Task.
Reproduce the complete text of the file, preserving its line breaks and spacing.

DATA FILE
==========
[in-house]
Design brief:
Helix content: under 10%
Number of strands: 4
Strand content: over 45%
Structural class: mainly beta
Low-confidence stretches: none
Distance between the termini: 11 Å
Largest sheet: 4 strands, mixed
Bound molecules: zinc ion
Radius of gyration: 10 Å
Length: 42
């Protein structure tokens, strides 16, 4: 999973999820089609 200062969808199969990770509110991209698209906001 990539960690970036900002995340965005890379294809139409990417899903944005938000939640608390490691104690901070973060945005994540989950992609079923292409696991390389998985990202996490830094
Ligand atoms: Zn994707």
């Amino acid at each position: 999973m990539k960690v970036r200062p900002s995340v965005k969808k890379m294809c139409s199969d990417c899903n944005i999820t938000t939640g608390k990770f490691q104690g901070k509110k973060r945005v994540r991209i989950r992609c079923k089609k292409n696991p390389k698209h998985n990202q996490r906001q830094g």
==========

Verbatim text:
[in-house]
Design brief:
Helix content: under 10%
Number of strands: 4
Strand content: over 45%
Structural class: mainly beta
Low-confidence stretches: none
Distance between the termini: 11 Å
Largest sheet: 4 strands, mixed
Bound molecules: zinc ion
Radius of gyration: 10 Å
Length: 42
């Protein structure tokens, strides 16, 4: 999973999820089609 200062969808199969990770509110991209698209906001 990539960690970036900002995340965005890379294809139409990417899903944005938000939640608390490691104690901070973060945005994540989950992609079923292409696991390389998985990202996490830094
Ligand atoms: Zn994707």
């Amino acid at each position: 999973m990539k960690v970036r200062p900002s995340v965005k969808k890379m294809c139409s199969d990417c899903n944005i999820t938000t939640g608390k990770f490691q104690g901070k509110k973060r945005v994540r991209i989950r992609c079923k089609k292409n696991p390389k698209h998985n990202q996490r906001q830094g």